News: OIG estimates New York provider received $1.1 million in Medicare overpayments for psychotherapy services
A New York City provider received an estimated $1.1 million in Medicare overpayments for behavioral health services that did not comply with billing requirements, according to a recent Office of Inspector General (OIG) report.
A previous OIG audit found that Medicare had made millions of dollars in improper payments for behavioral health services that were billed incorrectly, provided by unqualified providers, undocumented, inadequately documented, or medically unnecessary. The objective of this audit was to determine whether a New York-based provider, who is one of the highest-paid individual providers in the nation, complied with Medicare Part B requirements when billing for psychotherapy services.
The OIG reviewed a sample of 100 psychotherapy services billed by the provider from April 1, 2018, through August 31, 2020, with payments totaling $7,286. The sample included 88 claims for 45 minutes of psychotherapy, 10 claims for 30 minutes of psychotherapy with an evaluation and management (E/M) service, and two claims for 45 minutes of psychotherapy with an E/M service, JustCoding reported.
For each psychotherapy service, the OIG requested medical records from the provider and reviewed the documentation to determine whether the provider complied with Medicare billing requirements.
The OIG found that the provider did not comply with Medicare requirements when billing psychotherapy services for all 100 sampled beneficiary days. Reviewed medical records were billed with one or more of the following deficiencies:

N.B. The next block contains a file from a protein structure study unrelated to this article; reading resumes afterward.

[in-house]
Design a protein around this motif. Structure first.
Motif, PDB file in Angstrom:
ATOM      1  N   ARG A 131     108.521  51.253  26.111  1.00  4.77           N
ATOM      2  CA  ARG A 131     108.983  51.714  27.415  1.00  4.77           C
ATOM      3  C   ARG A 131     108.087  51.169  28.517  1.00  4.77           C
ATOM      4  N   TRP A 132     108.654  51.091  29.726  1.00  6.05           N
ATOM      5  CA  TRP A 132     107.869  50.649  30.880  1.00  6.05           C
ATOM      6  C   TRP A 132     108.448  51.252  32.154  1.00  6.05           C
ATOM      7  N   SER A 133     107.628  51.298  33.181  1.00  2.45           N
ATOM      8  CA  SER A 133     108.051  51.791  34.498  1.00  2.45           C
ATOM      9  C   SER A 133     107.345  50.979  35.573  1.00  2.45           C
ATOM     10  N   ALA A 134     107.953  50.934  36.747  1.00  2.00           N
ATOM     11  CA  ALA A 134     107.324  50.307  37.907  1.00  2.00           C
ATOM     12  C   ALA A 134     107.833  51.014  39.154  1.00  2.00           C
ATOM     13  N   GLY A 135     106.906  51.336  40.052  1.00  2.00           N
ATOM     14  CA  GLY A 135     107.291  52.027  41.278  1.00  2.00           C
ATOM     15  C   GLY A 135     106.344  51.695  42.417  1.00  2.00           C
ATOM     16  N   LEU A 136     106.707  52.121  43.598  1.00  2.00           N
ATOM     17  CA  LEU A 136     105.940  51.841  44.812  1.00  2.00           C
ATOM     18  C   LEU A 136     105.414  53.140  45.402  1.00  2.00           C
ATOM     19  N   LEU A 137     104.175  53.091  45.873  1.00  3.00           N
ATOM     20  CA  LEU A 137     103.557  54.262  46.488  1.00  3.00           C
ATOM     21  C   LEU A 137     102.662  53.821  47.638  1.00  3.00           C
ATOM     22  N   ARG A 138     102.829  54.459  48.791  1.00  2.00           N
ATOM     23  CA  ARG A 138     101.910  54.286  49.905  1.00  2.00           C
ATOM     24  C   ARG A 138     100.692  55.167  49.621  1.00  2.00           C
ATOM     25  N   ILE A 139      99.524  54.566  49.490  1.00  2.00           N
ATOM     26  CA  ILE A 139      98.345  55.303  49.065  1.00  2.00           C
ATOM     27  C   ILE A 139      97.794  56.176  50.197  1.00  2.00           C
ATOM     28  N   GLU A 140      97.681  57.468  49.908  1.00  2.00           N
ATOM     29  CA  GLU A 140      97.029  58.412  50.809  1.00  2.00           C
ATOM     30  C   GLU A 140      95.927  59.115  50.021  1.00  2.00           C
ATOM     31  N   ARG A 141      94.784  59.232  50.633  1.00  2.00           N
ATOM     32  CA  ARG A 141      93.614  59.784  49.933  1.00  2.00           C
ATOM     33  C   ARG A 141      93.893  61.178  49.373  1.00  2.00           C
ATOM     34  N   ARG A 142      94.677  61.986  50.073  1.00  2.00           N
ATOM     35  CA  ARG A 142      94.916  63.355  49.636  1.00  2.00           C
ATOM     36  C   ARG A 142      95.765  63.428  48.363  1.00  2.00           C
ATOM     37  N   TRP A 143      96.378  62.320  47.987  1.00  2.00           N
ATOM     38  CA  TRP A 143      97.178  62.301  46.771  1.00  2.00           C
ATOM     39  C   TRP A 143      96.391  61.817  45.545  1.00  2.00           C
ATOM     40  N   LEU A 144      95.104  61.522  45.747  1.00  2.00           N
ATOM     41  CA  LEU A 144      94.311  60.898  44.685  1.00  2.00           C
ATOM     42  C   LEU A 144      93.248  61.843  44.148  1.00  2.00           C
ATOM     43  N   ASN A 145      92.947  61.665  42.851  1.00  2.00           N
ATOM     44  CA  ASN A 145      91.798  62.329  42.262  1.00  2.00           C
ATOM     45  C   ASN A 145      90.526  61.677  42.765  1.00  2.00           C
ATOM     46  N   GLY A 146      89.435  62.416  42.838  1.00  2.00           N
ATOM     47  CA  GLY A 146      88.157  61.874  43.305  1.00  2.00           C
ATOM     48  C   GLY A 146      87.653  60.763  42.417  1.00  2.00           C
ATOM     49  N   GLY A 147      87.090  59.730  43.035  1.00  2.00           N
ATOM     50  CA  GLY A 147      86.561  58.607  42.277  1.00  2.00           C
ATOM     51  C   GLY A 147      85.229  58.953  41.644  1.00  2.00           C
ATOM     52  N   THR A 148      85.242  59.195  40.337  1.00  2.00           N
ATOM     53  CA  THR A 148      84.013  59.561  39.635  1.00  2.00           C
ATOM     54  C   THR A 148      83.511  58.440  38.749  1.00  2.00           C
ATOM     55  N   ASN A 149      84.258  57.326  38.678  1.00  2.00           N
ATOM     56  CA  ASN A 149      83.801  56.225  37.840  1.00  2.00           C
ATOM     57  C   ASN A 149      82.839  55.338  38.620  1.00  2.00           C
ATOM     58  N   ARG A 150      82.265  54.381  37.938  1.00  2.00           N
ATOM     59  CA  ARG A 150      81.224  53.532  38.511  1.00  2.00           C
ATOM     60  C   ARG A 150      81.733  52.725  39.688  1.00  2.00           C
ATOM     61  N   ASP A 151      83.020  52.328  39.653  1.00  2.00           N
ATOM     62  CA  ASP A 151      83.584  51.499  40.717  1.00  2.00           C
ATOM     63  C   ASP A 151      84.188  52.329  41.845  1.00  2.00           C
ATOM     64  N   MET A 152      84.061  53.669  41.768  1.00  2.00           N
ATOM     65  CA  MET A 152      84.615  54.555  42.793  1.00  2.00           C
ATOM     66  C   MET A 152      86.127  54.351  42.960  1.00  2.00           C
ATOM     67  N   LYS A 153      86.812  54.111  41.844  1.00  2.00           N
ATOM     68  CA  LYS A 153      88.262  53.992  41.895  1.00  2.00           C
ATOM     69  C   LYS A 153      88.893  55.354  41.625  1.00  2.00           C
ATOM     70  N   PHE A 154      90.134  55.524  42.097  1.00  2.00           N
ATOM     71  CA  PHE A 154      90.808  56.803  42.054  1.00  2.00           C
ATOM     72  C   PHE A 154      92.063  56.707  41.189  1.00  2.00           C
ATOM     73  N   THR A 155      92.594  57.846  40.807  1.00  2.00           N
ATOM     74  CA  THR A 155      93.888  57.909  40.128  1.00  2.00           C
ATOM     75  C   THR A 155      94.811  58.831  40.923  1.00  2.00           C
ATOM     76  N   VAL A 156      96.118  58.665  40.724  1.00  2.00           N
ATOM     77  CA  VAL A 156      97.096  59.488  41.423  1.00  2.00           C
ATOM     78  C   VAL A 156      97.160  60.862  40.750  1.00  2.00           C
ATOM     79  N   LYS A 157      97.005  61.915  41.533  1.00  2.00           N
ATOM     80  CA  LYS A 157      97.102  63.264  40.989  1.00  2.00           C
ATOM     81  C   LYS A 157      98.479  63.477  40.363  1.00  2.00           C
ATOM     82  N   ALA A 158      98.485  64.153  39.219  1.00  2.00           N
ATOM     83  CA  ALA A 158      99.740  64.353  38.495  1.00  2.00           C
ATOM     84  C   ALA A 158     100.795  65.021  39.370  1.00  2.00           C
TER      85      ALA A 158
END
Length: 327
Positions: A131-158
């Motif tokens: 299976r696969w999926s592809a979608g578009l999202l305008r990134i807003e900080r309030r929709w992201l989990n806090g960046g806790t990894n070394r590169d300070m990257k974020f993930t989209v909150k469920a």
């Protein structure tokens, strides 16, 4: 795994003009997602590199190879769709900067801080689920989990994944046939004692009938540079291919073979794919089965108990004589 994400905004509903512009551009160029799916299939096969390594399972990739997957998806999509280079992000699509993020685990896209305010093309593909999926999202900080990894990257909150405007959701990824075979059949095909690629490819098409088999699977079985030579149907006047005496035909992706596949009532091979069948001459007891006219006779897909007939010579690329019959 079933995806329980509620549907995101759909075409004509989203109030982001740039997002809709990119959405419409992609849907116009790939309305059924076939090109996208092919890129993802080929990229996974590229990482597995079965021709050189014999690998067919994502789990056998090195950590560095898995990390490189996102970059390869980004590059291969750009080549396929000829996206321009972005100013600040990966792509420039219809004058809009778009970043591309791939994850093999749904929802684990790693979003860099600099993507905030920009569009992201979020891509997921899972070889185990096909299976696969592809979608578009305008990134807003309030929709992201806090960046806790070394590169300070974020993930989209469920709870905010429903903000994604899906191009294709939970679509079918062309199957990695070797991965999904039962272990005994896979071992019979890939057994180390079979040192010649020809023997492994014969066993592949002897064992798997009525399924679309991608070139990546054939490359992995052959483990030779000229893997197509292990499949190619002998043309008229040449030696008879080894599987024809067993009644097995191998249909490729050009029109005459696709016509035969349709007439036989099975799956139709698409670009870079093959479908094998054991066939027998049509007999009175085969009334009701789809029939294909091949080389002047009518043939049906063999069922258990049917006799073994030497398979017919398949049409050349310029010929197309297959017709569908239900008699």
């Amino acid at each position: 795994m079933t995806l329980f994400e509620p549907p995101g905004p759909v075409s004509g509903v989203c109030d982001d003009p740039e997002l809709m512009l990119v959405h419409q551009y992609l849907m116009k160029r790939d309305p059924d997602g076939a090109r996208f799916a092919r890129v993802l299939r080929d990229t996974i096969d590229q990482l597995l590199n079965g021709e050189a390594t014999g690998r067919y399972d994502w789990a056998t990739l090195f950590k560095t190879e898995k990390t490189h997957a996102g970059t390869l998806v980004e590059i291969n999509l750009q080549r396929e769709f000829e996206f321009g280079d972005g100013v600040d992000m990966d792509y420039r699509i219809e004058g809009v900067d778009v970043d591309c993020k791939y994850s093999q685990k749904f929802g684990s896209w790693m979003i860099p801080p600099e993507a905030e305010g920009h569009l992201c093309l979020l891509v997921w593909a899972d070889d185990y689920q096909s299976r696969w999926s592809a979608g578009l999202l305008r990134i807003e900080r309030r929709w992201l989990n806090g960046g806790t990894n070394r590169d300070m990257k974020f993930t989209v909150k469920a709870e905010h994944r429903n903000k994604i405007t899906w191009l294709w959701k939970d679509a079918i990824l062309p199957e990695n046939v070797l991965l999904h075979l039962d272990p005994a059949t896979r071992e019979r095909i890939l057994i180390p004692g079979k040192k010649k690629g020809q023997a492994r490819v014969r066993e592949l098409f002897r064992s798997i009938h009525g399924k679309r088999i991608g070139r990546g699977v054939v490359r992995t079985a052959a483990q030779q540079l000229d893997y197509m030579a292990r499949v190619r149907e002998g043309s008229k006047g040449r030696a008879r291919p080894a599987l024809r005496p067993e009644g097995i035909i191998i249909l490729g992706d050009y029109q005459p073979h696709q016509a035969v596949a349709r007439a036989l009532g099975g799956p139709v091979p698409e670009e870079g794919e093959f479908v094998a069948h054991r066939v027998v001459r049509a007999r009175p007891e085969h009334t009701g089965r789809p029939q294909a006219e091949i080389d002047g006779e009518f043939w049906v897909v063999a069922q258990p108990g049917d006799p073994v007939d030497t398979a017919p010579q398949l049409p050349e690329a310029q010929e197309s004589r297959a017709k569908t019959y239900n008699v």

- Psychotherapy services did not comply with incident-to requirements
- Psychotherapy services were not documented
- The therapist was not licensed or authorized to provide the services
- The treatment plan did not comply with Medicare requirements
- The treatment plan was not signed
On the basis of the sample results, the OIG estimates that the New York City provider received at least $1,118,789 in Medicare overpayments for psychotherapy services during the audit period.
The OIG recommends that the New York City provider refund the estimated $1.1 million in overpayments to Medicare and exercise reasonable diligence to identify, report, and return any overpayments. In addition, it recommends that the provider develop policies and procedures to ensure that providers are educated on appropriate documentation and billing for behavioral health services.
The provider disagreed with the OIG’s first recommendation to refund to the Medicare program the estimated $1.1 million in overpayments but agreed with its remaining recommendations.
Editor's note: This article originally appeared in JustCoding.